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WhatsApp Begins Rolling Out ‘Restrict Group’ Feature For Admins

WhatsApp rolls out 'Restrict Group' feature for admins: Report

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WhatsApp Gets Restricted Group Feature to Prevent Unwanted Group Info Edits
WhatsApp Gets Restricted Group Feature to Prevent Unwanted Group Info Edits. Pixabay
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Facebook-owned WhatsApp is rolling out its “Restrict Group” for all iOS, Android and Windows Phone users — a feature that gives the group administrator powers to restrict other members from sending text messages, photographs, videos, GIFs, documents or voice messages in case the admin thinks so.

According to WABetaInfo, a popular fan site that tests new WhatsApp features early, you need to update your WhatsApp version to the 2.18.132 Android update in order to remotely receive the activation of the feature.

The “Restrict Group” feature, first spotted in last December, adds “Privacy settings” in the group.

“All participants can normally edit the group description, icon and subject, but finally the administrator can restrict this feature today, preventing no-administrators to modify the group description,” the website said.

Representational image.
Representational image. Pixabay

This action can be managed in the Admin Settings, a new option located in Group Info that’s visible to the administrator only.

In Admin Settings, the administrator can restrict who can change the group info.

Administrators can keep sharing media and chatting as normal as they restrict other members.

Once restricted, other members will simply have to read their messages and will not be able to respond.

Also Read: Amid Data Privacy Scandal, WhatsApp CEO Jan Koum Quits Facebook

They will have to use the “Message Admin” button to post a message or share media to the group. The message will need to be approved by the administrator before going through to the rest of the group.

In October, reports said administrators on WhatsApp groups will soon be able to choose if other participants can modify the subject of the group, its icon and its description.

With over 1.5 billion monthly active users, WhatsApp is available in more than 50 different languages around the world and in 10 Indian languages.  IANS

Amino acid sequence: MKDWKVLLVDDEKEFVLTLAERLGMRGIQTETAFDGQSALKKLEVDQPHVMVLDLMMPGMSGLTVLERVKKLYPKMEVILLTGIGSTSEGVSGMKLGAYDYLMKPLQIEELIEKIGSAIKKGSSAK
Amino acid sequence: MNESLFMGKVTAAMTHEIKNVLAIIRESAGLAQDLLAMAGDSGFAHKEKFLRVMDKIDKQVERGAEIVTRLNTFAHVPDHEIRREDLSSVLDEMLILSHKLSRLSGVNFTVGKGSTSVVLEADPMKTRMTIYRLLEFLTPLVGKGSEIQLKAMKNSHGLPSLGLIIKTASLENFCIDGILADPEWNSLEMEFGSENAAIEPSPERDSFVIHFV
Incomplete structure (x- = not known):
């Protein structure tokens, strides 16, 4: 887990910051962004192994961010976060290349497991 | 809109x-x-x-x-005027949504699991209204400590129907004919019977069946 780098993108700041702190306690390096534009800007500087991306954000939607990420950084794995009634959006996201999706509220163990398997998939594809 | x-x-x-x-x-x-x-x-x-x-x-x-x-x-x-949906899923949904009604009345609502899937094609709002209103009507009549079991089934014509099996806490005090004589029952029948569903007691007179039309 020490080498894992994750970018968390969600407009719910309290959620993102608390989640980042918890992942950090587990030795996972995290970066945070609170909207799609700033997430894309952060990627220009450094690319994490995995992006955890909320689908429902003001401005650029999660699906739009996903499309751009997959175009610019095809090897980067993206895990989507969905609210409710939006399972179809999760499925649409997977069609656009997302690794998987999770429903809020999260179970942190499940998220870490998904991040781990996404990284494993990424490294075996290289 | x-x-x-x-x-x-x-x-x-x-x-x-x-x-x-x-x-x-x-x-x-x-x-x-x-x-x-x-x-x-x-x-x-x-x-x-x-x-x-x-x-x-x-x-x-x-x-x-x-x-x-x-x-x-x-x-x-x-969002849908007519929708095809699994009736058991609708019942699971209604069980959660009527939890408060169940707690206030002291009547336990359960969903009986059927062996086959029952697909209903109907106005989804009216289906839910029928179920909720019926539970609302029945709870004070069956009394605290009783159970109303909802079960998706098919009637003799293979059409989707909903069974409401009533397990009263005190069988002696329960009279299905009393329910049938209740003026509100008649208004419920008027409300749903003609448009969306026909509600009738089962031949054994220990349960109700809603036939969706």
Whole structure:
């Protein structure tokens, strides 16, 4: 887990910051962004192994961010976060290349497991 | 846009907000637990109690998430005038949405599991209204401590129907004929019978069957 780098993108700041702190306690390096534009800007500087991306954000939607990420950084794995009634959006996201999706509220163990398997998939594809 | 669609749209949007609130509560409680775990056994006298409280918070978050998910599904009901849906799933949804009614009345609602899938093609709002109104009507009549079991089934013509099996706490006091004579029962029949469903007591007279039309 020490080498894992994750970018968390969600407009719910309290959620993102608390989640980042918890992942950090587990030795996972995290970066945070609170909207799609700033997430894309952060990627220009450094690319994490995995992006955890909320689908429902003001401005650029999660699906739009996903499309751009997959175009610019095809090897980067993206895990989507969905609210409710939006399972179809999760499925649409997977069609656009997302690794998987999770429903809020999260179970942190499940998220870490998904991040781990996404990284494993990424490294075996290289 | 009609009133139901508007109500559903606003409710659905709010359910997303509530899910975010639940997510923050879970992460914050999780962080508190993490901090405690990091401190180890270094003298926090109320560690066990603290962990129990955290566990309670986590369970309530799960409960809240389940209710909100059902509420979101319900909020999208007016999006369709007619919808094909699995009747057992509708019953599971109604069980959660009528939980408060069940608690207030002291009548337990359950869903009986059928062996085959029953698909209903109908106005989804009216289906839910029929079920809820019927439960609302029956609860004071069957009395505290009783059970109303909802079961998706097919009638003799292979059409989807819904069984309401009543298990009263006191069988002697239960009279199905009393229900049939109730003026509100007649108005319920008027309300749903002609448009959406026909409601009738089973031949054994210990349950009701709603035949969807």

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Report: Facebook Shuffles Top Management, eyes Blockchain

"We may also be notified of such incidents or activity via the media or other third parties," Facebook said

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Facebook Unveils Three-pronged Strategy to Fight Fake News
Facebook Unveils Three-pronged Strategy to Fight Fake News. Pixabay

Mired in a massive data breach controversy, Facebook has reportedly rolled out biggest-ever shuffle at the senior management level since its inception — across platforms, including WhatsApp and Messenger.

According to tech news website Recode, Facebook has made long-time executive Chris Cox in-charge of Facebook, Instagram, WhatsApp and Messenger — now called a “family of apps”.

“Facebook is also building a new team dedicated to Blockchain technology. David Marcus, the executive in-charge of Facebook’s standalone messaging app, Messenger, is leaving that post to run the Blockchain group,” the report said late on Tuesday.

Also Read: New Facebook Warns About Phishing Attacks

The Blockchain team would come under “New platforms and infra” run by Chief Technology Officer (CTO) Mike Schroepfer, who will also take care of Facebook’s AR, VR and Artificial Intelligence initiatives.

Facebook executive Javier Olivan, Vice President of Growth, will oversee the third division titled “Central product services”.

This vertical will include shared features that operate across multiple products or apps such as ads, security and growth.

Facebook.
Facebook. Pixabay

“Adam Mosseri, the Facebook product executive who runs News Feed, is headed over to Instagram to become the company’s new VP of product,” the report claimed.

Meanwhile, Chief Operating Officer Sheryl Sandberg will keep her duties.

Facebook on Tuesday announced the appointment of Jeff Zients, CEO of Cranemere, to the company’s board of directors and audit committee, effective May 31.

In a jolt to Facebook, WhatsApp co-founder and CEO Jan Koum in April decided to move on amid reports that he had a difference of opinion with parent company Facebook over data privacy, encryption and other issues.

After the Cambridge Analytica data scandal, Facebook has warned investors that more users’ data scandals in the future may adversely affect the social networking giant’s reputation and brand image.

Also Read: Facebook Ensuring Its AI System to be Equally Neutral For All

In its quarterly report shared with the US Securities and Exchange Commission (SEC), without mentioning Cambridge Analytica, Facebook said that its ongoing investments in safety, security and content review will identify additional instances of misuse of user data.

“We may also be notified of such incidents or activity via the media or other third parties,” Facebook said.

Appearing before the US Congress, Facebook CEO Mark Zuckerberg told the lawmakers that his own personal data was part of 87 million users’ that was “improperly shared” with the British political consultancy firm Cambridge Analytica which has not shut down operations. (IANS)